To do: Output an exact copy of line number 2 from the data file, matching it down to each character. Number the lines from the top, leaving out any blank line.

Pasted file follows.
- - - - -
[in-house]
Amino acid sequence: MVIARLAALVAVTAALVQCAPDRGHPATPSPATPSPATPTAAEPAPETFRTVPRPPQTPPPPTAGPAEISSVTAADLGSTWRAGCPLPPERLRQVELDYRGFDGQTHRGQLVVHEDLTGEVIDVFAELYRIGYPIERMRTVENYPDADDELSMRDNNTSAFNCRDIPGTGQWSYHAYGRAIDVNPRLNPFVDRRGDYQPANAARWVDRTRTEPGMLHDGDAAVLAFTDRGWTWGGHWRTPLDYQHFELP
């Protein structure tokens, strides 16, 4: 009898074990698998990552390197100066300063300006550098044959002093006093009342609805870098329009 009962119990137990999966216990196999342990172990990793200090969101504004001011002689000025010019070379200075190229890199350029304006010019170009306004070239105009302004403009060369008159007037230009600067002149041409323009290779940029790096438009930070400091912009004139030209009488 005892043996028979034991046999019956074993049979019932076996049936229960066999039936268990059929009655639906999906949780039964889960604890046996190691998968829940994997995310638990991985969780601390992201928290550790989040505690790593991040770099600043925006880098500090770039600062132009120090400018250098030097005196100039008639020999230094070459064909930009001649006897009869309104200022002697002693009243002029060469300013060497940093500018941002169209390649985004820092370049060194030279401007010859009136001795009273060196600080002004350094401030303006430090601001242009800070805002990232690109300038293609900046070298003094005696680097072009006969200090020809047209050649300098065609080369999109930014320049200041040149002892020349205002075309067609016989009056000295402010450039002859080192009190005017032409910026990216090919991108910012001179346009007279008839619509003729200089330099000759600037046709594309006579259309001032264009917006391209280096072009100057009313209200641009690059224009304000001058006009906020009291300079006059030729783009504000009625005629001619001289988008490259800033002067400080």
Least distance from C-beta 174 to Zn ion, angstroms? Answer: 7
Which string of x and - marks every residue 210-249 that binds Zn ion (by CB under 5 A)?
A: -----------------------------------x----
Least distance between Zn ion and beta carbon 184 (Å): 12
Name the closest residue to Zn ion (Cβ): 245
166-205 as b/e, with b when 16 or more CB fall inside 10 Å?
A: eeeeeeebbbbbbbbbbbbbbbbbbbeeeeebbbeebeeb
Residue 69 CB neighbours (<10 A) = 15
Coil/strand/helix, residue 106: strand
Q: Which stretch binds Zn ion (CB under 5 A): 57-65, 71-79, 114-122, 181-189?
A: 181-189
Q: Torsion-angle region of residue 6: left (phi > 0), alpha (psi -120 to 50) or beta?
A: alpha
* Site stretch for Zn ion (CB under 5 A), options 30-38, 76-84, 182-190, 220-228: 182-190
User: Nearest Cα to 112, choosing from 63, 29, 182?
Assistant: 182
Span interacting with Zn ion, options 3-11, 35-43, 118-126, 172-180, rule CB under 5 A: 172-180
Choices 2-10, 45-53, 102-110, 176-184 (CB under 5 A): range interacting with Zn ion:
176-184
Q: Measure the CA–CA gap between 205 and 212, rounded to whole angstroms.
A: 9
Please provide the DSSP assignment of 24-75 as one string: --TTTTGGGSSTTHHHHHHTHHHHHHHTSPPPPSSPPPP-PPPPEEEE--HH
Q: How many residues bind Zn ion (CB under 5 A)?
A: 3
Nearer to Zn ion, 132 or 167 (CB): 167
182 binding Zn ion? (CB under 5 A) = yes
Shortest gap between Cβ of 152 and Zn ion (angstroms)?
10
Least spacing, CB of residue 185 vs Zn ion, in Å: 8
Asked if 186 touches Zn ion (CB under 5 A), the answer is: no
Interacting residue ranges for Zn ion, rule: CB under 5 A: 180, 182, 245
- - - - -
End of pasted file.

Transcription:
Amino acid sequence: MVIARLAALVAVTAALVQCAPDRGHPATPSPATPSPATPTAAEPAPETFRTVPRPPQTPPPPTAGPAEISSVTAADLGSTWRAGCPLPPERLRQVELDYRGFDGQTHRGQLVVHEDLTGEVIDVFAELYRIGYPIERMRTVENYPDADDELSMRDNNTSAFNCRDIPGTGQWSYHAYGRAIDVNPRLNPFVDRRGDYQPANAARWVDRTRTEPGMLHDGDAAVLAFTDRGWTWGGHWRTPLDYQHFELP